The disgrace of this transaction to the German Princes who engaged in it requires little comment. If the rude Swiss mountaineers of the middle ages have been justly reproached for their mercenary practice, how much more justly will that reproach apply to educated men of the eighteenth century! Even now the traveller, as he lingers over the delicious garden-slopes of Wilhelms-Hohe, may sigh to think at what sacrifice they were adorned—how many burghers' sons from the adjoining town of Cassel were sent forth, for no object beyond replenishing the coffers of their Sovereign, to fight and to fall in a quarrel not their own. The ablest by far of the German Princes at that time, Frederick of Prussia, was not in general a man of compassionate feelings. He had no especial love or care for the North American cause; indeed it is scarcely mentioned in his most familiar letters, unless for a sorry jest on the name of General Howe.* Yet even Frederick expressed in strong terms his contempt for the scandalous man-traffic of his neighbours. It is said that whenever any of the newly hired Brunswickers or Hessians had to pass through any portion of his territory he claimed to levy on them the usual toll as for so many head of cattle, since he said they had been sold as suchlf
Nor can the British Ministry in this transaction be considered free from blame. If men were needed was there any lack of them in England? Was it wise to inform foreign states that we deemed ourselves thus dependent on foreign aid? Was it wise to hold forth to America the first example of obtaining assistance from abroad? Above all, if conciliation was to be the object full as much as conquest, how signal the imprudence thus, in the midst of a civil strife, to thrust forward aliens to both parties, in blood, in language, and in manners! What else could be expected than that these aliens should feel themselves restrained by no ties of affinity, by no feelings of affection, from wreaking on their opponents the utmost miseries of war? Considerations such as these were warmly urged in both Houses of Parliament, but only by small minorities. In America, on the contrary, such considerations appear to have pervaded the great body of the people. Certain it is that among the various causes which at this period wrought upon our trans-Atlantic brethren to renounce their connection with us, there was none more cogent in their minds than the news that German mercenaries had been hired and were coming to fight against them.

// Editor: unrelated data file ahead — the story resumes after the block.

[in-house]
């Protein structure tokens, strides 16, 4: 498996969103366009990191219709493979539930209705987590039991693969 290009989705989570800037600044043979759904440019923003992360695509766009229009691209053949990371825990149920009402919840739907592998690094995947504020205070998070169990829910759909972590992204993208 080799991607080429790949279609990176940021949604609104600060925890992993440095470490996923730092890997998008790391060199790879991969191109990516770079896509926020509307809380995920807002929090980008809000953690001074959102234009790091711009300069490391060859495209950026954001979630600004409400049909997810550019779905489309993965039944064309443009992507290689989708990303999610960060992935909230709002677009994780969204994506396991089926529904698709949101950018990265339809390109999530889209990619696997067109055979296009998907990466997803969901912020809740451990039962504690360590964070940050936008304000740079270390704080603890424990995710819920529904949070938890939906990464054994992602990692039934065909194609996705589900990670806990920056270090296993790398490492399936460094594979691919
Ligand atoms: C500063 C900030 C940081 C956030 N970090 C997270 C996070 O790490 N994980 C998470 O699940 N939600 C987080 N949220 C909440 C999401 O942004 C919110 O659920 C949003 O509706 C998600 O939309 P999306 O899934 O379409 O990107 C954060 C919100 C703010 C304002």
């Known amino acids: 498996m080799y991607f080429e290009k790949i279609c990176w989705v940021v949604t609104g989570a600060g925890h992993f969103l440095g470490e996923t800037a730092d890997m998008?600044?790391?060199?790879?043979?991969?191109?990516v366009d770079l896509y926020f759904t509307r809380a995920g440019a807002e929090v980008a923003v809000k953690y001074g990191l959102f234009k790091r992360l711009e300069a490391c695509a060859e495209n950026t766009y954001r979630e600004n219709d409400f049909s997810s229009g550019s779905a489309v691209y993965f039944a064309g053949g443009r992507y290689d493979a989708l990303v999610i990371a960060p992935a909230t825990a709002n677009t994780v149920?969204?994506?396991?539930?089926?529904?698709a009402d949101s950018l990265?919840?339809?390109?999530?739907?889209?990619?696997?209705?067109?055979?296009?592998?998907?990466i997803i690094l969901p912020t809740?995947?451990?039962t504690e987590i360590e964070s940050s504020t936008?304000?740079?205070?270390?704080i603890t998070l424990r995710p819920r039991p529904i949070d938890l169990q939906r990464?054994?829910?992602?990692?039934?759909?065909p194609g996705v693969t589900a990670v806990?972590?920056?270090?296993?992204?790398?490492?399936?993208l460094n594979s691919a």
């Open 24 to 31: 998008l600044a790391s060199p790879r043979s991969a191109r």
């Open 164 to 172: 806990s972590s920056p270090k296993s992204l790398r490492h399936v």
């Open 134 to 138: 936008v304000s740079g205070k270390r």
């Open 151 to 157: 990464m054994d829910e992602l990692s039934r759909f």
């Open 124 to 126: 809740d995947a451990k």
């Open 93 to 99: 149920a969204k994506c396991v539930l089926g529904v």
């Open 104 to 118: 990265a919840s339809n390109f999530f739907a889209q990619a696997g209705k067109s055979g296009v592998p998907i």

The reinforcements from England were impatiently expected by General Howe, who felt all the danger of delay at such a juncture; but during many weeks they were
* "Nous entendons parler du General Howe dont chaque chien en "aboyant prononce le nom." (A Voltaire, le 17 Juin 1777.)
f Den iiblichen vieh-zoll. See Preuss, Lebens-Geschichte, vol. iii. p. 472.
expected in vain. Besides the main object of New York, Howe had in contemplation two smaller enterprises, one to the south for the reduction of the Carolinas, another to the north for the relief of Quebec. To the command of the first was appointed General Clinton, to the command of the second, at a later period, General Burgoyne.